I confess. I love Sherlock Holmes. I grew up reading the Conan Doyle stories, and as an adult reader, I have found great enjoyment…and some disappointment…in the ways other authors have decided to write about the great detective. Of all the Holmes treatments out there, I have to say that Laurie King’s Mary Russell series is far and away my favorite, although Carol Nelson Douglas runs a close second with her Irene Adler series. Even so, I almost always pick up any new book that has Sherlock as a character. And so, it was with great delight that I found Nancy Springer’s The Case of the Missing Marquess, which introduces a lovely new character — Enola Holmes, much younger sister of the Great Detective.
The story opens with Enola pondering the backwards meaning of her name — alone — as she waits for her mother to return to their home. Mum never shows up, and Enola is at first angry because it is, after all, her birthday; but then when Mum is still missing the following day, Enola becomes frightened. After a fruitless search of the rain-soaked grounds, Enola reluctantly sends to London for her two much older brothers…Sherlock and Mycroft. Once they arrive, Enola slowly learns more about the rift between her mother and brothers, and gradually loses hope that the men will find her mother. Enola also learns more about her mother, and even more about the way women are expected to behave in polite society. She rebels against Mycroft’s attempts to “civilize” her, and ditches the whole family while she in enroute to boarding school. In usual Holmesian fashion, Enola then gets caught up in the disappearance of the wealthy son of a Duke. Her adventures are plenty fun and well worthy of the Holmes moniker.
I was particularly struck by the cleverness of the female characters here, and Enola herself says at the end that she has discovered a whole world of feminine secrets that her brother Sherlock, no matter how brilliant his mind, will never penetrate. She uses those secrets to communicate with her mother, who, like Enola, freed herself from the confines of polite society and has chosen to spend the rest of her days roaming the countryside with Gypsies, “blooming in the sun.” I liked this story, and really liked Enola. It’s a short book, and is intended for a younger audience, say 12 and up. Holmes fans will definitely want to become acquainted with this newest member of the family.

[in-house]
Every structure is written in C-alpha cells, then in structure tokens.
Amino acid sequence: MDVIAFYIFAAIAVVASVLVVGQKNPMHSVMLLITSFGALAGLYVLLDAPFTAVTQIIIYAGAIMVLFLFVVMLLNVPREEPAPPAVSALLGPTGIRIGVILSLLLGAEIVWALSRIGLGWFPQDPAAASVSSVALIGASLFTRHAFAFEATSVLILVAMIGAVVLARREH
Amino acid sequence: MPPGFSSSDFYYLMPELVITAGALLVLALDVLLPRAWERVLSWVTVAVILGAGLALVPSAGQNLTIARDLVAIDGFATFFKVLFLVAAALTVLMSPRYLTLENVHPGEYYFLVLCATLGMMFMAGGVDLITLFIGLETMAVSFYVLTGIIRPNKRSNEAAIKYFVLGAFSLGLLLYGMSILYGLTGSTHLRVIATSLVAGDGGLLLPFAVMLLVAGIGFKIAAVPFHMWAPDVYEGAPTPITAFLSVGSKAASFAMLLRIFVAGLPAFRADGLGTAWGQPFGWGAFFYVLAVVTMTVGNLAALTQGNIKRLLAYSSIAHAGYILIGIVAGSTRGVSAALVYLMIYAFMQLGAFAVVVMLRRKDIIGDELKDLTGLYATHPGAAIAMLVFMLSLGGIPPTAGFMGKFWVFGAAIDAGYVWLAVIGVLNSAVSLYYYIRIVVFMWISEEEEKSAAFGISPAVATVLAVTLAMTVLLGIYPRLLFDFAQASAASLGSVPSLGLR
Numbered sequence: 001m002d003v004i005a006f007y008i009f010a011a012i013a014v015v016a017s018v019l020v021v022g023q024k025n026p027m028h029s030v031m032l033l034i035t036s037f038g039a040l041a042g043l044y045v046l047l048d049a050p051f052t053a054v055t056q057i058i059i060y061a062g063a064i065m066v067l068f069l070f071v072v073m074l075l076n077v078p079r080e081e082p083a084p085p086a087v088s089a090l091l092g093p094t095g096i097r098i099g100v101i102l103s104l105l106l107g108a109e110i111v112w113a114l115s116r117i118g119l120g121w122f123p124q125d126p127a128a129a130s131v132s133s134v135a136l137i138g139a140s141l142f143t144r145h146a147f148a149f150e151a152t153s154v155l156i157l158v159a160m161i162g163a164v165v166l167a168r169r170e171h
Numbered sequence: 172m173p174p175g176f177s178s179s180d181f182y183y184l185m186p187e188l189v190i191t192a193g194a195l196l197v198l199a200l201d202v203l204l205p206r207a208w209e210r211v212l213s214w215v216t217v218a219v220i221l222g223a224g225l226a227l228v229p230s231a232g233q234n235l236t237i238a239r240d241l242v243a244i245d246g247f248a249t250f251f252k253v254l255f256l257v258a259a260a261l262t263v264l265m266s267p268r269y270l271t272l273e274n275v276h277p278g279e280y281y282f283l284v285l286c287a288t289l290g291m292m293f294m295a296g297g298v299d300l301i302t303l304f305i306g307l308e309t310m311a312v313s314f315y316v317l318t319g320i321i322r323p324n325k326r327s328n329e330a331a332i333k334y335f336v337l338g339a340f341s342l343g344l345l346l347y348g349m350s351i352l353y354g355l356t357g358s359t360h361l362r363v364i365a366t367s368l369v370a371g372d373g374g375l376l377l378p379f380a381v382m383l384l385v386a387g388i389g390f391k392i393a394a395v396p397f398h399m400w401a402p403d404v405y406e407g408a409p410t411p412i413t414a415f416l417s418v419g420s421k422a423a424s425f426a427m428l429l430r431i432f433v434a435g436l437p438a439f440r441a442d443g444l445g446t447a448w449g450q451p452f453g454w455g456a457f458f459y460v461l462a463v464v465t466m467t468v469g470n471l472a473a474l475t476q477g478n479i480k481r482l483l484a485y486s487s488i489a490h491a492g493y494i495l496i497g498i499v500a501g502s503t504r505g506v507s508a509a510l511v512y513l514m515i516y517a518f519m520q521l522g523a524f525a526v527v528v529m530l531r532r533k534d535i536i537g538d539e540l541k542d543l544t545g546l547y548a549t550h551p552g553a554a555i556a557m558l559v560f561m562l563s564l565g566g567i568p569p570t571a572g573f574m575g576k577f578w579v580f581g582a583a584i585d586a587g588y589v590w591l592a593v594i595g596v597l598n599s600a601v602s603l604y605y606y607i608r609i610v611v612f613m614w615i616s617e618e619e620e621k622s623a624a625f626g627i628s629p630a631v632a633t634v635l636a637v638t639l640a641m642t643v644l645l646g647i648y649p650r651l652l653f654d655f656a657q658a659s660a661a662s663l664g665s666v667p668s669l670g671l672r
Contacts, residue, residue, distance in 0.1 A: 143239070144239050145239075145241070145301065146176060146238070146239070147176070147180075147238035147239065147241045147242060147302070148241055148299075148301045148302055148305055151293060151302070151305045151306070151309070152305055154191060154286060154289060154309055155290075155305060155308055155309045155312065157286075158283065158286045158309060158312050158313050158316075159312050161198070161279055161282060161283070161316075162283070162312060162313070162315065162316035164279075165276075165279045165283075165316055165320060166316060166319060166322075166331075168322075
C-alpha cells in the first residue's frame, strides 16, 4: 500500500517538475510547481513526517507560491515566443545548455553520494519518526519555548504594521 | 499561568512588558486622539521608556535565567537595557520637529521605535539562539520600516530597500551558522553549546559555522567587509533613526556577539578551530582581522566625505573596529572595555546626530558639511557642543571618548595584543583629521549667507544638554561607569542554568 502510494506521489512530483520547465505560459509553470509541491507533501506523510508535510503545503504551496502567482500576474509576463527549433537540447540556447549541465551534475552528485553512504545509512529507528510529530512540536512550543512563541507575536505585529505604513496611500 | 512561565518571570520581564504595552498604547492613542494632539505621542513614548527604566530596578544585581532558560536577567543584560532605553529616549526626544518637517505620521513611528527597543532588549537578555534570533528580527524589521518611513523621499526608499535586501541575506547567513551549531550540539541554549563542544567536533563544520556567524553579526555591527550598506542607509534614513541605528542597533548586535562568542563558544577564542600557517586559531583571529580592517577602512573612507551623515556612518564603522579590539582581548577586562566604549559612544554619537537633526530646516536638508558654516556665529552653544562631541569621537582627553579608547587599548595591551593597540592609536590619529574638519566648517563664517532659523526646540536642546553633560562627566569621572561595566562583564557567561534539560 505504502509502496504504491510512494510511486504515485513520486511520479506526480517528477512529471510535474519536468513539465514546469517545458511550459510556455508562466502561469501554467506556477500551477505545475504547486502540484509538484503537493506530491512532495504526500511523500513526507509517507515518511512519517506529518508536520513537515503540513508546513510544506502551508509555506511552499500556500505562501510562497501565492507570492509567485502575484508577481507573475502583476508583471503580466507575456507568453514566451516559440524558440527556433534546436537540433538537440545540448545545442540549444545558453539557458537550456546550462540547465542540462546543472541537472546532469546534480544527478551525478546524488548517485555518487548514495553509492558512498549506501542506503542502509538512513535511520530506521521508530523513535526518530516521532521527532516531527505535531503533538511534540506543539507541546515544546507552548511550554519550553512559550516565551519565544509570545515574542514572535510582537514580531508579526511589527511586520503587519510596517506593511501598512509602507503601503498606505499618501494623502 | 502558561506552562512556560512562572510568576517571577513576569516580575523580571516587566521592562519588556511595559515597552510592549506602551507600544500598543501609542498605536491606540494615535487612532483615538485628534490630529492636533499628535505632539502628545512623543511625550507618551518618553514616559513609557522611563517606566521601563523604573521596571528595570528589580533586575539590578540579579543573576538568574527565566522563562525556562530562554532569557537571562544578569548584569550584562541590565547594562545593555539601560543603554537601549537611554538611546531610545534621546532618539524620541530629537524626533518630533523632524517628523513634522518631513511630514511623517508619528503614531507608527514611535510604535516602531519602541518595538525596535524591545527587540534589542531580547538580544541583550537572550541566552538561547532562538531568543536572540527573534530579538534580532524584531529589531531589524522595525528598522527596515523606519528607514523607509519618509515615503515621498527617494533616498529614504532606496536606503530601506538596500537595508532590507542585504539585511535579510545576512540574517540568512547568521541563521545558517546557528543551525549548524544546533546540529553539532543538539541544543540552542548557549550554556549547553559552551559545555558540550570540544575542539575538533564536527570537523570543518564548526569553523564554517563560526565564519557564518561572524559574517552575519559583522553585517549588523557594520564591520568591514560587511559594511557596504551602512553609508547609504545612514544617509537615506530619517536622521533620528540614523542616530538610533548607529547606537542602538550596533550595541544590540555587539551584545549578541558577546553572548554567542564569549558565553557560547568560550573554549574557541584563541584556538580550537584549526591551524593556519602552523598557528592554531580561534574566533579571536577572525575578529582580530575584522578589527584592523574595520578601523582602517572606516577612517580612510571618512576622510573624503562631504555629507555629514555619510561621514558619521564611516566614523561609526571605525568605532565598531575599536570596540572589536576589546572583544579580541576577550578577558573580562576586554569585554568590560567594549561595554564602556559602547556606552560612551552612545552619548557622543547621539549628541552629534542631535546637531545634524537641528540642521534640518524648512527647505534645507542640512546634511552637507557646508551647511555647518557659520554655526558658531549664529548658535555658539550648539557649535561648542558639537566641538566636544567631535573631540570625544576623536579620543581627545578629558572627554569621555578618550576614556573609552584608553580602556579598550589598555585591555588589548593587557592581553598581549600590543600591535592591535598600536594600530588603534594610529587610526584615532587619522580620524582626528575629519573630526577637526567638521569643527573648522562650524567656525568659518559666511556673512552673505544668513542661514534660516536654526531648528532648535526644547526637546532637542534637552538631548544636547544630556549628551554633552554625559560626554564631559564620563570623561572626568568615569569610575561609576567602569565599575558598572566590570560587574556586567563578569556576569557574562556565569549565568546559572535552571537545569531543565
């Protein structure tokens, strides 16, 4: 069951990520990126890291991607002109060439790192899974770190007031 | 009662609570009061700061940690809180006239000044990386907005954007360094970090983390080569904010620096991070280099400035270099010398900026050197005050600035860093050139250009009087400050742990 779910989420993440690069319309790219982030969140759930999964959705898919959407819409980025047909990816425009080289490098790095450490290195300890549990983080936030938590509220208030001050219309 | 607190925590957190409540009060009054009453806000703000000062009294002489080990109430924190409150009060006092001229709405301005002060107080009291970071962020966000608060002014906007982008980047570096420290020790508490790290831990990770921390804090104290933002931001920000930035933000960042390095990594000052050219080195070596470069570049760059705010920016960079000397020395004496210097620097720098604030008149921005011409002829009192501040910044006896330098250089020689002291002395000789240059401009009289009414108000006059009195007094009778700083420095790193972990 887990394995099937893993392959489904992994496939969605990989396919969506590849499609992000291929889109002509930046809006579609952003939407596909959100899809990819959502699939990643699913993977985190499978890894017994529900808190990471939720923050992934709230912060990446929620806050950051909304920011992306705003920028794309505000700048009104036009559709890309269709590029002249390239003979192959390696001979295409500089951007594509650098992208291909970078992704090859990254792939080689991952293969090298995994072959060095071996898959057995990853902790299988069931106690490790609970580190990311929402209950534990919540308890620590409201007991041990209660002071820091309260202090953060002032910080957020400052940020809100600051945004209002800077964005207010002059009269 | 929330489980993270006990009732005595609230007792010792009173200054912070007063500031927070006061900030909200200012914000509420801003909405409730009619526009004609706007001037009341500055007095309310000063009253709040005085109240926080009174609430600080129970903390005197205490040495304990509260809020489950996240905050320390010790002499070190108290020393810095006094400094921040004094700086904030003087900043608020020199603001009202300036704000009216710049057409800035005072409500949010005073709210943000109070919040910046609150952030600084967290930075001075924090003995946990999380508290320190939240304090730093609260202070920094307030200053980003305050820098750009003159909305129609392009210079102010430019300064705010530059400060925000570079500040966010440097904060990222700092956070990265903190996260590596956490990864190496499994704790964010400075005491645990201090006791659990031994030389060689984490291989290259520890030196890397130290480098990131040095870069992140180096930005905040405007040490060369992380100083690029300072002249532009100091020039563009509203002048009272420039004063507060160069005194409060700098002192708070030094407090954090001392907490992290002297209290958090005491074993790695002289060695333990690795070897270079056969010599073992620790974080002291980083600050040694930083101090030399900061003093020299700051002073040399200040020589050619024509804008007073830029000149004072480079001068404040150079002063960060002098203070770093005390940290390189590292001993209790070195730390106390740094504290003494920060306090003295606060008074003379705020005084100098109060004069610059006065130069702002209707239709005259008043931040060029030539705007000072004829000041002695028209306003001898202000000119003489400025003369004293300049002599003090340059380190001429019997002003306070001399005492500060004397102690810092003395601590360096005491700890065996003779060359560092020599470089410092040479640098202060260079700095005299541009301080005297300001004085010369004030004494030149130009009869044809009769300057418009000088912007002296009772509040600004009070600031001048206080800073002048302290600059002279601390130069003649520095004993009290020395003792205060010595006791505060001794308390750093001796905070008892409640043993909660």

I was browsing the Teen shelf at the library last night as I was waiting to shut down a computer at closing time, and what did I see? Nancy Drew, Girl Detective #4: The Girl Who Wasn’t There! Oh yeah! Nancy is now a graphic novel. How cool is that?
I checked it out, toted it home and read it in 15 minutes. Loved it. Nancy Drew and graphic novels — what a nifty combination. I read it again over my cereal this morning and paid a little closer attention to the artwork this time around. I was taken back to the Wonder Woman comics of my youth. Very similar style. The story was pretty good too. Very international…where Nancy becomes friends with an Indian woman who answers her call to a computer help desk in India. When the woman calls her in the middle of the night and seems to be in trouble, Nancy, Bess & George hop on a plane and wing their way to New Delhi. Once there, they encounter resistance every step of the way, but Nancy is not deterred. Not only does she rescue her friend, but she breaks up a DVD smuggling ring along the way.
Yes, this is cotton candy for the brain, but so what? Everyone told me the same thing when I was 8 and devouring every Nancy Drew book I could get my hands on. And look at me now. Still reading fluff and loving every minute of it.